Correa wanted to hear about what worked and what didn't, how those in the field felt about the Cardinals' scouting protocol and where they saw room for improvement. While not looking to overhaul a system that he helped mold, Correa sought feedback on how to make it better.
"[Correa] was gung-ho from day one," recalled Jeremy Schied, the department's West Coast crosschecker. "I think he immediately won guys over when they saw that he was going to listen to what we have to say. That's the way to be a leader of men."
Now, six months later, Correa is preparing to lead the organization through this summer's First-Year Player Draft, which begins on June 8. Over a three-day span, Correa will oversee the selection of 43 players, including the 23rd overall pick.
Perhaps it seems a surprising perch for Correa, who, less than a decade ago, was on the academia track as a doctoral candidate at the University of Michigan. But while pursuing an advanced degree in psychology, he learned the Cards were seeking someone to gather and organize data.
Correa took the part-time position, then later moved into a full-time role, forgoing the completion of his Ph.D. to give the baseball industry a chance.
"For somebody with my background, not having had a lot of playing experience, when I was in school, I didn't really recognize it as a possibility," Correa said. "Obviously, I had always followed the sport very closely, especially from the analytical side. But once I realized that with a team like the Cardinals, that there may be a way for me to help, I thought that sounded like a really interesting challenge."
From there, the climb was swift. After three years as a quantitative analyst in the nascent baseball development group, Correa took on a leadership role within the department. He helped develop analytical models that the Cards used to guide both Draft and player personnel decisions.
This wasn't a position confined to a cubicle, however. In the years preceding his promotion to scouting director, Correa spent his nights nestled in the scout seating section of Busch Stadium. He preferred to watch the games among the talent evaluators instead of in the general manager's suite. There, he could observe through a different lens.
Correa's seating choice, as it turned out, led to his next career opportunity. Mozeliak, prioritizing an in-house hire, needed little time to identify Correa as the right man to replace outgoing scouting director Dan Kantrovitz, who left for an assistant GM position in Oakland in November.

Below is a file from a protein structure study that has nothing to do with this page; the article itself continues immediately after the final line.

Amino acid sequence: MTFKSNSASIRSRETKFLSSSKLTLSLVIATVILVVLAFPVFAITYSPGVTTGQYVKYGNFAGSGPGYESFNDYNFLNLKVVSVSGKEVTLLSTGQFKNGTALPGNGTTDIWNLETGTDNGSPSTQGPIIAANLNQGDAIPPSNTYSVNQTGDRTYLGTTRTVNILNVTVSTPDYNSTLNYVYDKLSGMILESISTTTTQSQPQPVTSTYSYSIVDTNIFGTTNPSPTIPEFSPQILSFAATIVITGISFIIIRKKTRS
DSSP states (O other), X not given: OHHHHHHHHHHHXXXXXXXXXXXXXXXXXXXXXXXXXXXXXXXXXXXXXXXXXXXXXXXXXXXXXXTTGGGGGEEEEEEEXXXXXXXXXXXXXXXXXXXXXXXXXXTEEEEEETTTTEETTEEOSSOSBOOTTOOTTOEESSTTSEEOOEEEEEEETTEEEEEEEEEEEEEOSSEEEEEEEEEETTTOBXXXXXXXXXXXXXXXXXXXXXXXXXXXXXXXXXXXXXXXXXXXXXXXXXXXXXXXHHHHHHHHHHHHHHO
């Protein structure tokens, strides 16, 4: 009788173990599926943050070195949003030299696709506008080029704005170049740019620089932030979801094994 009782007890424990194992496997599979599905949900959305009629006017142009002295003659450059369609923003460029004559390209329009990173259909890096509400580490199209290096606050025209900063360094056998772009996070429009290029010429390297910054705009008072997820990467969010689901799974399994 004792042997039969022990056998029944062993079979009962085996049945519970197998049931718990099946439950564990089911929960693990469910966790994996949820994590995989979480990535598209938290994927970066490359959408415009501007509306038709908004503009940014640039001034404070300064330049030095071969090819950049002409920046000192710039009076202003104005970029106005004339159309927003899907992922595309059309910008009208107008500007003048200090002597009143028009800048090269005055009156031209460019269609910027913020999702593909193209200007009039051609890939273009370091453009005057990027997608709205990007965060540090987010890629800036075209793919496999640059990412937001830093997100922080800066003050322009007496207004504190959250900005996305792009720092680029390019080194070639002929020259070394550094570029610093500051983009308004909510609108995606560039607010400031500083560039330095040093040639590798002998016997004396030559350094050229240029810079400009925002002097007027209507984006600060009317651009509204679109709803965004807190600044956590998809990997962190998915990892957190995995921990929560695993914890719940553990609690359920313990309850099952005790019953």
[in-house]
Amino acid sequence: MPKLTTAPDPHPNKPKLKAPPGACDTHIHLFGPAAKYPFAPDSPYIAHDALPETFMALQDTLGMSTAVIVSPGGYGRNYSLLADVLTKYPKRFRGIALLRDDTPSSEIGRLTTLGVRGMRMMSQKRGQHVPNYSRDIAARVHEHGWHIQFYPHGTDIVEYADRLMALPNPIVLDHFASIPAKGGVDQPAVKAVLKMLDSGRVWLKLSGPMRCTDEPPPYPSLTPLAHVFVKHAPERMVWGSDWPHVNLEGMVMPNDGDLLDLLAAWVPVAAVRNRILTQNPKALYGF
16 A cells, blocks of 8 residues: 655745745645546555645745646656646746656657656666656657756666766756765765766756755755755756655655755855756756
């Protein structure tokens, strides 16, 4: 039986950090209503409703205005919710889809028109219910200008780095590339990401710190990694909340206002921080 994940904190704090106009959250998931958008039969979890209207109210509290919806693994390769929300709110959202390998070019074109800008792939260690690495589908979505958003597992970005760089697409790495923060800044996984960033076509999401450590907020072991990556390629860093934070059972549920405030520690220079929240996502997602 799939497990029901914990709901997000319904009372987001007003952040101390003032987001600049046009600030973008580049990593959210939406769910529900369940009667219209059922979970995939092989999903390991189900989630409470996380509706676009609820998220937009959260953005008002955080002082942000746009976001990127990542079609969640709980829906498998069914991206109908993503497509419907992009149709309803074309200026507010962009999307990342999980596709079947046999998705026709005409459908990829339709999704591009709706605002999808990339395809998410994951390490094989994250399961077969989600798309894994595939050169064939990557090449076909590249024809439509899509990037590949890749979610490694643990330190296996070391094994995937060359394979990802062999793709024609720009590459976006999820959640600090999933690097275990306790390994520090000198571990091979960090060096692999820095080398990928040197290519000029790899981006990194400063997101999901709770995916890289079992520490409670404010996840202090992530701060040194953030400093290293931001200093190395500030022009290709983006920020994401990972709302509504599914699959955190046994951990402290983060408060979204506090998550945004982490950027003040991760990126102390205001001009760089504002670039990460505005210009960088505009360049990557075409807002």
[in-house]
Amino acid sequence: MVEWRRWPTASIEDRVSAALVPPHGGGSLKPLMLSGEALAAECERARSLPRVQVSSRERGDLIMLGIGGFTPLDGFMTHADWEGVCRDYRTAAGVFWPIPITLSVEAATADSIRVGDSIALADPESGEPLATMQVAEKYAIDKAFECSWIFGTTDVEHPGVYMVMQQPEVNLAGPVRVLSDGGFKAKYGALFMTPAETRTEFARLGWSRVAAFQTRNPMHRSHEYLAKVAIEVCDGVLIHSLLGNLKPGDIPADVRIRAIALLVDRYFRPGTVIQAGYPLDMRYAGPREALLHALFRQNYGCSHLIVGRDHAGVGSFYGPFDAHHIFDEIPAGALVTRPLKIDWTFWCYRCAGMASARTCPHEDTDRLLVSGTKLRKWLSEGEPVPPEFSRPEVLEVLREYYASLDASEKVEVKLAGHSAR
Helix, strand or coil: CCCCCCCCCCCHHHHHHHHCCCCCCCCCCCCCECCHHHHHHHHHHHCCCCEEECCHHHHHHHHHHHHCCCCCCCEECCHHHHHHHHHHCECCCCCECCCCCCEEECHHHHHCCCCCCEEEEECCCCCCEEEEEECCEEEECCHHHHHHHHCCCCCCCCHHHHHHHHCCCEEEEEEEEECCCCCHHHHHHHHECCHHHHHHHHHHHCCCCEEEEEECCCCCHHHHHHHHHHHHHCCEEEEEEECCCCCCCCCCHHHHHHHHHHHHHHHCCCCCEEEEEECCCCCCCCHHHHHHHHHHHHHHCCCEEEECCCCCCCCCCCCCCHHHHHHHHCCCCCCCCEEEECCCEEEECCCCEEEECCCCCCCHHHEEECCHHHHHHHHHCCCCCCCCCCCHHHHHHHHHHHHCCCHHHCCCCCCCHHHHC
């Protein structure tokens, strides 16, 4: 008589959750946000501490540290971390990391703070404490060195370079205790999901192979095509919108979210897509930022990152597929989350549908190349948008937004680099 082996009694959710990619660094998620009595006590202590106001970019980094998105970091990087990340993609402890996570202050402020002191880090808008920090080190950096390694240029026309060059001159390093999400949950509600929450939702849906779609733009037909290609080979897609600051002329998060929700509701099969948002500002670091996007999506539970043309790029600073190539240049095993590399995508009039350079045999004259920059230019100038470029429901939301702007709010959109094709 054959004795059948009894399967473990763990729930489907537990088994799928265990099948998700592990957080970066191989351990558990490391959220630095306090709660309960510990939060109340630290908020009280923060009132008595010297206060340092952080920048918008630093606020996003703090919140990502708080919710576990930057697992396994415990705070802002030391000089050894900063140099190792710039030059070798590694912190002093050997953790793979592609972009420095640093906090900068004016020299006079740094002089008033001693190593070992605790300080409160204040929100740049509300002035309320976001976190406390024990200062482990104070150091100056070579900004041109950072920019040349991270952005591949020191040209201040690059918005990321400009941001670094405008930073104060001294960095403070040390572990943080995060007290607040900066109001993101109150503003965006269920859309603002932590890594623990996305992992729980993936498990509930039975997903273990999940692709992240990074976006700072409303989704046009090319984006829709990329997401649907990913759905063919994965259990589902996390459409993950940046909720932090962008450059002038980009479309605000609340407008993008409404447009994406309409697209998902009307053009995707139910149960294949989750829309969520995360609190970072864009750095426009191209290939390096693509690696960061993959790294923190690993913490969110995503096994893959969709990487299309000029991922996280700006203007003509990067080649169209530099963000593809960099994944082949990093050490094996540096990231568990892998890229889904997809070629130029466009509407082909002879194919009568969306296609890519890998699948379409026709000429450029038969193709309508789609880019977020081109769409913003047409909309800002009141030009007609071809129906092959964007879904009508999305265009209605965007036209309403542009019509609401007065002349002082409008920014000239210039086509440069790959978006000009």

"I think had [Correa] not done that, he might not have been the right person for this job," Mozeliak said. "Obviously, scouting is part art, part science, and to some level, he understood the analytical side of it. But he was also someone who was willing to ask about and try to learn the scouting side. For someone to embrace both, that makes an impression."
That impression extends to the scouts.
"I think you look from the outside and people can say, 'This is a guy who was running an analytics department. How can he run the scouting department?" Schied said. "But he's done everything he could to become a good evaluator for himself. I think from our perspective on the inside, we look at him like he is one of us."
"The comfort level that Chris had in knowing us and we had in knowing Chris was important," added northeast crosschecker Brian Hopkins. "He's convicted in what he thinks, but also respects the scouts. There is great communication between all of us."
Correa hasn't shied away from the grind, either. He estimates that he's been on the road 80 days over the last three months, with much of that time spent in the field, riding along and talking with his area scouts as they observe talent.
"We were all familiar with Chris and knew him and he knew our system, so that helped," said area scout Aaron Looper. "But it isn't like our system is standstill. We're still progressing. We are improving our system with how we do things, and I think that's a credit to him."
Most of those tweaks have been to make the evaluation model more efficient. Aside from adding one scout, Correa did not make immediate changes to the structure of the department. He wants to see how this Draft season goes before considering additional alterations.
Correa will gather his team together in St. Louis a week from now to begin final Draft preparations. There, they'll debate the talent they've all seen and order players by preference. It's a process that Correa has sat in on in the past, but now one he'll run. He seems to be ready to do so.
"He's on top of everything," said Mike Roberts, a member of the Cardinals' scouting team for almost 40 years. "We're every bit as good as where we were last year, if not better."